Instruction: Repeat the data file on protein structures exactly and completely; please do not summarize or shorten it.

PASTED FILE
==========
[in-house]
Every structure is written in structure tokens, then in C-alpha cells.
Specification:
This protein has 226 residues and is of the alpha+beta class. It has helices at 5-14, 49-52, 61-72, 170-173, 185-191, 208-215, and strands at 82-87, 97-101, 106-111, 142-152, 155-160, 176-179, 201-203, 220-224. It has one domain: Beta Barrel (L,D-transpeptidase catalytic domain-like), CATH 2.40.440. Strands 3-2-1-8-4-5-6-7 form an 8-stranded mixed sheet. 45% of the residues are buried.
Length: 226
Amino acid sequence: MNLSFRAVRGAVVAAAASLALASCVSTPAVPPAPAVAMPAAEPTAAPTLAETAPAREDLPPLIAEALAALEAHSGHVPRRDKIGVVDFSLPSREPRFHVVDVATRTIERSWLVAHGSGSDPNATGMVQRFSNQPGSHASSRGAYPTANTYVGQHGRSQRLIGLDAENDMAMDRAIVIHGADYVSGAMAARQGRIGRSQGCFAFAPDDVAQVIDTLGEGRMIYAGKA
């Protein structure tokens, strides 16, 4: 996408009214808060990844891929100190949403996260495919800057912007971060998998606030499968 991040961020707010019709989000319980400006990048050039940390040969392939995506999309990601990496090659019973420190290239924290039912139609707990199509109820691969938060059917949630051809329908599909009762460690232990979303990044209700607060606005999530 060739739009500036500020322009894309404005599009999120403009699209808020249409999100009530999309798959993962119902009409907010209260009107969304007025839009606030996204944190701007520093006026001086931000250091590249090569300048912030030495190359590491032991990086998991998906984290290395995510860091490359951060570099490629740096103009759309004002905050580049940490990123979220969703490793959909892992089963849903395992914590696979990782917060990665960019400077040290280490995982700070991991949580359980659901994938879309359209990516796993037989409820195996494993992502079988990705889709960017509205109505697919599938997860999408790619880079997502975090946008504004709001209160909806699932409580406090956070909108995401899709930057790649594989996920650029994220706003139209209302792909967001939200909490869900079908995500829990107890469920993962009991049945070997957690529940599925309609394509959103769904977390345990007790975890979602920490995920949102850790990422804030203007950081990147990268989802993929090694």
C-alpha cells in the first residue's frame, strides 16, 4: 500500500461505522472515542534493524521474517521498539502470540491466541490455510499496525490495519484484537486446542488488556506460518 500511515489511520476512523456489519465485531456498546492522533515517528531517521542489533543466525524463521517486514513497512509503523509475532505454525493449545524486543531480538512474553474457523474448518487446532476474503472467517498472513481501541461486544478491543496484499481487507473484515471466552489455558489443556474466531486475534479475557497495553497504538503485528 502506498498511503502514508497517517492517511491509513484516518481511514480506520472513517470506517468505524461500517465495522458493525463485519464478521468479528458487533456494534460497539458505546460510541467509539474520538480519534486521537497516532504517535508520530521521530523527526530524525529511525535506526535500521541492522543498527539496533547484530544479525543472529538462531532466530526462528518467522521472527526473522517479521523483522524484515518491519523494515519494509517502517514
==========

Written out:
[in-house]
Every structure is written in structure tokens, then in C-alpha cells.
Specification:
This protein has 226 residues and is of the alpha+beta class. It has helices at 5-14, 49-52, 61-72, 170-173, 185-191, 208-215, and strands at 82-87, 97-101, 106-111, 142-152, 155-160, 176-179, 201-203, 220-224. It has one domain: Beta Barrel (L,D-transpeptidase catalytic domain-like), CATH 2.40.440. Strands 3-2-1-8-4-5-6-7 form an 8-stranded mixed sheet. 45% of the residues are buried.
Length: 226
Amino acid sequence: MNLSFRAVRGAVVAAAASLALASCVSTPAVPPAPAVAMPAAEPTAAPTLAETAPAREDLPPLIAEALAALEAHSGHVPRRDKIGVVDFSLPSREPRFHVVDVATRTIERSWLVAHGSGSDPNATGMVQRFSNQPGSHASSRGAYPTANTYVGQHGRSQRLIGLDAENDMAMDRAIVIHGADYVSGAMAARQGRIGRSQGCFAFAPDDVAQVIDTLGEGRMIYAGKA
């Protein structure tokens, strides 16, 4: 996408009214808060990844891929100190949403996260495919800057912007971060998998606030499968 991040961020707010019709989000319980400006990048050039940390040969392939995506999309990601990496090659019973420190290239924290039912139609707990199509109820691969938060059917949630051809329908599909009762460690232990979303990044209700607060606005999530 060739739009500036500020322009894309404005599009999120403009699209808020249409999100009530999309798959993962119902009409907010209260009107969304007025839009606030996204944190701007520093006026001086931000250091590249090569300048912030030495190359590491032991990086998991998906984290290395995510860091490359951060570099490629740096103009759309004002905050580049940490990123979220969703490793959909892992089963849903395992914590696979990782917060990665960019400077040290280490995982700070991991949580359980659901994938879309359209990516796993037989409820195996494993992502079988990705889709960017509205109505697919599938997860999408790619880079997502975090946008504004709001209160909806699932409580406090956070909108995401899709930057790649594989996920650029994220706003139209209302792909967001939200909490869900079908995500829990107890469920993962009991049945070997957690529940599925309609394509959103769904977390345990007790975890979602920490995920949102850790990422804030203007950081990147990268989802993929090694």
C-alpha cells in the first residue's frame, strides 16, 4: 500500500461505522472515542534493524521474517521498539502470540491466541490455510499496525490495519484484537486446542488488556506460518 500511515489511520476512523456489519465485531456498546492522533515517528531517521542489533543466525524463521517486514513497512509503523509475532505454525493449545524486543531480538512474553474457523474448518487446532476474503472467517498472513481501541461486544478491543496484499481487507473484515471466552489455558489443556474466531486475534479475557497495553497504538503485528 502506498498511503502514508497517517492517511491509513484516518481511514480506520472513517470506517468505524461500517465495522458493525463485519464478521468479528458487533456494534460497539458505546460510541467509539474520538480519534486521537497516532504517535508520530521521530523527526530524525529511525535506526535500521541492522543498527539496533547484530544479525543472529538462531532466530526462528518467522521472527526473522517479521523483522524484515518491519523494515519494509517502517514